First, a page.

Take two regulation wheel-traces (leather or steel cable) join them together at the rear ends by a cockeye passed through the two D rings in such a manner that the traces will be close together but not rub. This cockeye is plainly seen in photograph 2. It is made of 1-in. best quality Norway iron, 11 in., long and bent as shown in the photograph. In case of leather traces put a strip of leather around rear end of each to prevent wearing on each other, as seen in photograph 2.

The trace that is attached to the wheel-horse to remain intact. Lengthen the other trace eight and one-half inches, by inserting more links in the front chain; (in case of adoption, lengthen the body of the trace instead). This makes it long enough to bring the toggle directly underneath the trace-plate of the wheeler’s collar.

Take a breast strap, or similar strap, leave one breast strap hook on it; engage the hook in the breast-strap ring of the trace-plate (there is room for it); put a double eye-loop, similar to the one on the trace-tug, on the strap and buckle it up; engage the toggle of the longest trace in this eye-loop. This strap should be adjustable in order that the lower trace can be brought into the true line of draft for different height horses. It should be about thirty or thirty-two inches long.

Make a double loop on the loin-strap. The lower loop about six or eight inches long. Eight inches will give an adjustment of sixteen inches separation at the front end of the traces. Then one adjustment of the loin-strap would do for both traces.

From the above, it is readily seen that to put the device in in use, it is not necessary to manufacture any different material nor to change any now in use except to lengthen one trace, manufacture a double cockeye which I have made, and put a double loop on the loin-strap. In case of adoption, there should be another ring put on the trace-plate.

In order to give the device a practical test, it is not necessary to lengthen the lower trace. Simply arrange the harness as shown in photograph 2. In Plate II both traces are the same length, (regulation traces) the only difference being that the supporting strap slants backward instead of being vertical. This is not so good as the other, however, as it strikes the horse’s fore leg too much. The large dray and transfer companies have solved this problem of getting the weight off of the horses necks by having the pole held up either by a spring or patent hounds. The doubletrees for the lead-horses are put on the end of the pole.

The wheel-horses’ breechings are independent of their collars. This gives the wheelers complete freedom of movement and absolutely no weight but that of the collar, on the necks. This arrangement is impracticable in artillery. Therefore, the next best thing is the double-trace.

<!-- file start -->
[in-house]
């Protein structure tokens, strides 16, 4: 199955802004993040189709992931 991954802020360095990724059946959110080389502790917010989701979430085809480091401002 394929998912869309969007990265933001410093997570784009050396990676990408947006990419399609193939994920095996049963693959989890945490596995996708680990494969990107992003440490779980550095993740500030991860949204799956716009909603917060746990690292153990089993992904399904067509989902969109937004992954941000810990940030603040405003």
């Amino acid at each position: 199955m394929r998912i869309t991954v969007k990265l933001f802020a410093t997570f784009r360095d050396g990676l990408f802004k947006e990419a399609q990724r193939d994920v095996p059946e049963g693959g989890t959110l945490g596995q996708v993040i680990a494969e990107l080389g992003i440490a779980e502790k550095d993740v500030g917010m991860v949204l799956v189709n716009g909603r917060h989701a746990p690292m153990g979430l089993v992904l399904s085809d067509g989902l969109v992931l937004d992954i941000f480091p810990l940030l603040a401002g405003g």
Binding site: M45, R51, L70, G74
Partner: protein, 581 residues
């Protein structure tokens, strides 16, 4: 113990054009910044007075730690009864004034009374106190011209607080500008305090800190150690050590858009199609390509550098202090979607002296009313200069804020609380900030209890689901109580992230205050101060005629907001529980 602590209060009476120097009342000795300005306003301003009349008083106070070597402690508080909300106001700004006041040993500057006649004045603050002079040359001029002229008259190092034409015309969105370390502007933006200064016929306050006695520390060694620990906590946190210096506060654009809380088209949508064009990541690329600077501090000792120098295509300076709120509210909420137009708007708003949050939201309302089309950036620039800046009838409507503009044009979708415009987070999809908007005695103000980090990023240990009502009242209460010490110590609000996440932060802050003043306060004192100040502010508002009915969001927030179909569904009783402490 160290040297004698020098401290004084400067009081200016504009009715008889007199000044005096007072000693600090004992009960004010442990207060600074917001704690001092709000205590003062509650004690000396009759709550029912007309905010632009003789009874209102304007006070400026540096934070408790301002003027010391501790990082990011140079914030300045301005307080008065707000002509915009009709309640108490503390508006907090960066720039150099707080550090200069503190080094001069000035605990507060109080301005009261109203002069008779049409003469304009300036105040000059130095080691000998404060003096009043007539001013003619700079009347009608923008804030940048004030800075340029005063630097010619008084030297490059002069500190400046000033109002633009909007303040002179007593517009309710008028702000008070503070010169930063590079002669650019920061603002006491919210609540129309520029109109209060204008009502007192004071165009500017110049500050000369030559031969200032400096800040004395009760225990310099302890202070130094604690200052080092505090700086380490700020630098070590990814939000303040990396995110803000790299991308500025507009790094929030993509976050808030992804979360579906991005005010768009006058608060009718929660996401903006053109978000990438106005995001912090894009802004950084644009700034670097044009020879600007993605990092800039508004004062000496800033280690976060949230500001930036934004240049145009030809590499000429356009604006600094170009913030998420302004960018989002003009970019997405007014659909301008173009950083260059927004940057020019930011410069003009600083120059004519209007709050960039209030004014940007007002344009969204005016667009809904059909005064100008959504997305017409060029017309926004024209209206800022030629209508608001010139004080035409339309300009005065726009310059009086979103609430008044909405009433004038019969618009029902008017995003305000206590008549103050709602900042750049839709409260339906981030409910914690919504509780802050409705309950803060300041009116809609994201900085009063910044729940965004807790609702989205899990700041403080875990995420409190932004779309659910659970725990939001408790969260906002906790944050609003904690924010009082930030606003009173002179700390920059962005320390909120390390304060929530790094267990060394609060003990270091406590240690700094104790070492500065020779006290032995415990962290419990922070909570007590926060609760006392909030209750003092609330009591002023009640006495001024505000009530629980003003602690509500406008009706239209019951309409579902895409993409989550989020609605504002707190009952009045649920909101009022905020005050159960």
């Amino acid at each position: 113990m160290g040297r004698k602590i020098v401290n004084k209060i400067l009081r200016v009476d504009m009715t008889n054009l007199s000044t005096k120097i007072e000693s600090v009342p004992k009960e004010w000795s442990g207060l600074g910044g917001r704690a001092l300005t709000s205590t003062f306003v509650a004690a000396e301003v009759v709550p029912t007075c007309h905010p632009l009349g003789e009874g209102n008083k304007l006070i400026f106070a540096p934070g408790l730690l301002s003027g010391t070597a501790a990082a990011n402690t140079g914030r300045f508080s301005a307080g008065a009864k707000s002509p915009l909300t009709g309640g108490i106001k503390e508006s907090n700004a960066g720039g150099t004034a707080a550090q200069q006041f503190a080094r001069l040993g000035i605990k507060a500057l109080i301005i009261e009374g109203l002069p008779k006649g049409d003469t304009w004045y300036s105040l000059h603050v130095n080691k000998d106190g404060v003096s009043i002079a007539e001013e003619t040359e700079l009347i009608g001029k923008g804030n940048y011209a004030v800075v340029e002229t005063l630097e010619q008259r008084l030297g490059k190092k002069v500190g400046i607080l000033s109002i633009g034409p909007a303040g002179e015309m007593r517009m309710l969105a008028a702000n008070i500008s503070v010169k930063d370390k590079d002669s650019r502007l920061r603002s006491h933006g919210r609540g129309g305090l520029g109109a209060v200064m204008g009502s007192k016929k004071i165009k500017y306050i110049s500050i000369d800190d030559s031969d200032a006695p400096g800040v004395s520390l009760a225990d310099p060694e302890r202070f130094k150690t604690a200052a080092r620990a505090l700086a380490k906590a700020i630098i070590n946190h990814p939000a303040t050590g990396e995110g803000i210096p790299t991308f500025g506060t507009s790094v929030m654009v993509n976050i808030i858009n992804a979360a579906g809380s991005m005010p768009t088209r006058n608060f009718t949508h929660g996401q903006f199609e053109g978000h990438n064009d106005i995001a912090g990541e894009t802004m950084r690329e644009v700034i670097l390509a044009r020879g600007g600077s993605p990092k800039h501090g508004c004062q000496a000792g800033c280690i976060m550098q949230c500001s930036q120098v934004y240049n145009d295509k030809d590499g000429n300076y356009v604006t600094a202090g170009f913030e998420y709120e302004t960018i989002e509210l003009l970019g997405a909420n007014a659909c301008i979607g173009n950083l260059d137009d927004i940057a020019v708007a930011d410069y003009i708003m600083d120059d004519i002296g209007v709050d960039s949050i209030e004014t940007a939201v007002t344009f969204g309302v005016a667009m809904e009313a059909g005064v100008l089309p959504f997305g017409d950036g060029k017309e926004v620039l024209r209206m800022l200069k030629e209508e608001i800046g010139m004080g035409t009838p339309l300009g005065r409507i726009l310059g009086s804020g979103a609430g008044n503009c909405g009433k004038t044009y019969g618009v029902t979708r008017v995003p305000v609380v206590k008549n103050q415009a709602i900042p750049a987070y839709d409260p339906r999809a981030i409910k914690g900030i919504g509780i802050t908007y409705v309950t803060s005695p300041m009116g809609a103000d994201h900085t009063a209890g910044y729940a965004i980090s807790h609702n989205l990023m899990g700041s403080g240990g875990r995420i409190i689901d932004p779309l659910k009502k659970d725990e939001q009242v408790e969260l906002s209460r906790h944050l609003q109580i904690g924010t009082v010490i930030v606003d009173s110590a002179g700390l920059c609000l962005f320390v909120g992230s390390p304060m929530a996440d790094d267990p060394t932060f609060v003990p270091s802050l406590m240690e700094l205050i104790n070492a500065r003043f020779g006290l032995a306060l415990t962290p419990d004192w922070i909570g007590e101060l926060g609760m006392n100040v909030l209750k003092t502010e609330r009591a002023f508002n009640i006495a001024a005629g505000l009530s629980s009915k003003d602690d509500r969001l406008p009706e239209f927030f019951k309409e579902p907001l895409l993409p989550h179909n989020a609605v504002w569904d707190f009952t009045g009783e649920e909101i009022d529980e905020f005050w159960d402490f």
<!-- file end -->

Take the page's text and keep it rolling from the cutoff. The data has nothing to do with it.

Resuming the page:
A careful study of the English and French breechings, convinces me that the one now in use in the U. S. Artillery, is the better. The advantages of this double-trace, are:

I. There is no downward pull on the wheeler’s necks from the leaders.
II. It allows the wheeler to exert more of an upward pull on the carriage when it drops into a rut, low place, or sinks into soft ground, i.e. the same lifting force that is given in working on the rear of a wheel by the cannoneers No. 1 and 2 in “By hand to the front.”
III. Elimination of the jerk on the wheelers’ necks in going down grade or across ditches, if the lead and swing-horses go into draft as they are bound to, and often do after they have crossed a ditch, recovered themselves and the wheelers are still in the ditch and generally not in draft. By the lead and swing-horses having an independent line of draft they come into it, keep the carriage moving at a critical moment, after they have crossed and fully recovered themselves. The wheelers are not interfered with as they are crossing the bad place, have freedom of movement in coming up the bank and come into draft gradually after having recovered themselves from holding the carriage back and getting through the ditch.
IV. Elimination of see-saw motion on the wheelers’ necks from the lead and swing-horses not keeping in step. This is considerable when all are in draft, as they should be.
V. The wheelers have complete freedom of motion at all times, especially when going at a gallop.
VI. The wheelers are not held down with a load on their necks from the pull of the horses in front of them.
VII. It lowers the traces of the swing-horses so that their collars do not slip upward, when in draft, and choke them.
VIII. Everything presented in this paper, and many other things that could be mentioned by a further study of the subject.

I am fully convinced that this device in an improvement on the present field artillery harness, and therefore request that it be given a trial in the two Provisional Regiments of Field Artillery recently organized.

I took a copy of the above report, a 3.2-inch field piece, and the harness to Headquarters Pacific Division, San Francisco, Cal., for the officers to inspect. A discussion arose as to the weight I had assumed for the load drawn by a six-horse team of artillery horses. In defense of my assumption, I wrote the following letter:

Presidio of San Francisco,
San Francisco, Cal., Aug. 11, 1905.
Col. Stephen P. Jocelyn,
San Francisco, Cal.,
Sir:

I beg leave to write to you, informally, about the harness that I had down at the Division Headquarters last week.

During the reading of my report there, a discussion arose about the weight of the load that the six horses were required to pull. I had assumed that the weight was 4500 pounds. The officers were inclined to think that that was too much.

The next day, after weekly inspection, I weighed the gun that I had downtown for the officers to see. I unhitched the horses, and mounted three men on the limber chest. I took the three men that happened to be with the gun. The gun was weighed on the scales on which the forage of the Post is weighed. Then I figured the weight of ammunition and powder that would be in the limber in case that the battery was equipped for service. Following are the weights: